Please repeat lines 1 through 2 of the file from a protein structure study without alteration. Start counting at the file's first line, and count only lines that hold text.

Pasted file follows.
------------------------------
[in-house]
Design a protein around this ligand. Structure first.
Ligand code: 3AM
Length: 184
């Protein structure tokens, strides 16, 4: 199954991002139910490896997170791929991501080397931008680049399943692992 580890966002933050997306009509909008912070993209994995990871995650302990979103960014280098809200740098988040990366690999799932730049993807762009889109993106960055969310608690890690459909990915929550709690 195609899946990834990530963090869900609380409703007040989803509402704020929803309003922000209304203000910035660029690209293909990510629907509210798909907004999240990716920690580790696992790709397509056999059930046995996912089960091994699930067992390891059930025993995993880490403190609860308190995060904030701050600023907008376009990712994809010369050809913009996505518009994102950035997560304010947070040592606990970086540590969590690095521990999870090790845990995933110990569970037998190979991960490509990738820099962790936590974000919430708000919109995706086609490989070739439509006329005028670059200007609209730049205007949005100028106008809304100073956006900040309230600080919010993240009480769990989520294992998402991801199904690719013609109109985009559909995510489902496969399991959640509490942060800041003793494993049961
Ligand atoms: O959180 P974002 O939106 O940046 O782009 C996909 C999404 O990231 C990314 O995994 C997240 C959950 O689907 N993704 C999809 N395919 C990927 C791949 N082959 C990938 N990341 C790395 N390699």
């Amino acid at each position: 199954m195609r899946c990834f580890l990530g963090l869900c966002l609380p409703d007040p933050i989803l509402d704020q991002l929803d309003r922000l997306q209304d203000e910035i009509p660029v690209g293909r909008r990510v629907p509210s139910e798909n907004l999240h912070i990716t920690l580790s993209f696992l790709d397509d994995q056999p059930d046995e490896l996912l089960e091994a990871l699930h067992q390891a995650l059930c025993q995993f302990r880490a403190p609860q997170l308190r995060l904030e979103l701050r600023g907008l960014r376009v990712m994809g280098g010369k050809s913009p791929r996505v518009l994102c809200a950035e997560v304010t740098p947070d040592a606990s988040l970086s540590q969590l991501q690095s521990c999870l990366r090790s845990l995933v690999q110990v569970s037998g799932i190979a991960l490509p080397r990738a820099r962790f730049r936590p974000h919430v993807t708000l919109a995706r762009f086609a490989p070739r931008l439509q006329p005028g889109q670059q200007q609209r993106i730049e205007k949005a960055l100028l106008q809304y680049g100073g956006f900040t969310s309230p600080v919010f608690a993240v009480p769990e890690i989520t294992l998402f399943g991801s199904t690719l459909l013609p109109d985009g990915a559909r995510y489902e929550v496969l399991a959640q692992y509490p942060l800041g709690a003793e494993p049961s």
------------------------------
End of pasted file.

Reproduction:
[in-house]
Design a protein around this ligand. Structure first.